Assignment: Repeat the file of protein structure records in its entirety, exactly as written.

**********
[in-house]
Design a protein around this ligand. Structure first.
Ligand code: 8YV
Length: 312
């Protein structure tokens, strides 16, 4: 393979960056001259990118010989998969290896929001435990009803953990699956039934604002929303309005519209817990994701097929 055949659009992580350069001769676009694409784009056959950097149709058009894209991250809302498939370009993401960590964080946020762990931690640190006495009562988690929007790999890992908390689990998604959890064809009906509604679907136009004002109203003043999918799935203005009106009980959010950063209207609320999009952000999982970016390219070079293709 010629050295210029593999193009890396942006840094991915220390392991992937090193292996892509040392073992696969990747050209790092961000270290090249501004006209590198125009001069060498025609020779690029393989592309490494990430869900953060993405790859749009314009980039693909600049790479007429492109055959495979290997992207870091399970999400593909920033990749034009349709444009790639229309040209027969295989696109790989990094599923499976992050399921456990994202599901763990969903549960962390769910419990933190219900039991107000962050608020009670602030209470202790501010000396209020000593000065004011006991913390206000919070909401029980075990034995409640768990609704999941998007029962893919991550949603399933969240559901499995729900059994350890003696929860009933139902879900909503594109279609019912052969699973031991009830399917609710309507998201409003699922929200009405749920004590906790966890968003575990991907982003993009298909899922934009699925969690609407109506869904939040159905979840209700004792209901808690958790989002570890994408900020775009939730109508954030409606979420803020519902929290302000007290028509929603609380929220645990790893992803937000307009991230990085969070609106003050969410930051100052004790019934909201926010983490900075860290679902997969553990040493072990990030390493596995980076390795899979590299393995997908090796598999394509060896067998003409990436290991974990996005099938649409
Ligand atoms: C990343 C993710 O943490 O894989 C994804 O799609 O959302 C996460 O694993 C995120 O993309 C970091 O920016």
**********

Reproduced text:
[in-house]
Design a protein around this ligand. Structure first.
Ligand code: 8YV
Length: 312
């Protein structure tokens, strides 16, 4: 393979960056001259990118010989998969290896929001435990009803953990699956039934604002929303309005519209817990994701097929 055949659009992580350069001769676009694409784009056959950097149709058009894209991250809302498939370009993401960590964080946020762990931690640190006495009562988690929007790999890992908390689990998604959890064809009906509604679907136009004002109203003043999918799935203005009106009980959010950063209207609320999009952000999982970016390219070079293709 010629050295210029593999193009890396942006840094991915220390392991992937090193292996892509040392073992696969990747050209790092961000270290090249501004006209590198125009001069060498025609020779690029393989592309490494990430869900953060993405790859749009314009980039693909600049790479007429492109055959495979290997992207870091399970999400593909920033990749034009349709444009790639229309040209027969295989696109790989990094599923499976992050399921456990994202599901763990969903549960962390769910419990933190219900039991107000962050608020009670602030209470202790501010000396209020000593000065004011006991913390206000919070909401029980075990034995409640768990609704999941998007029962893919991550949603399933969240559901499995729900059994350890003696929860009933139902879900909503594109279609019912052969699973031991009830399917609710309507998201409003699922929200009405749920004590906790966890968003575990991907982003993009298909899922934009699925969690609407109506869904939040159905979840209700004792209901808690958790989002570890994408900020775009939730109508954030409606979420803020519902929290302000007290028509929603609380929220645990790893992803937000307009991230990085969070609106003050969410930051100052004790019934909201926010983490900075860290679902997969553990040493072990990030390493596995980076390795899979590299393995997908090796598999394509060896067998003409990436290991974990996005099938649409
Ligand atoms: C990343 C993710 O943490 O894989 C994804 O799609 O959302 C996460 O694993 C995120 O993309 C970091 O920016």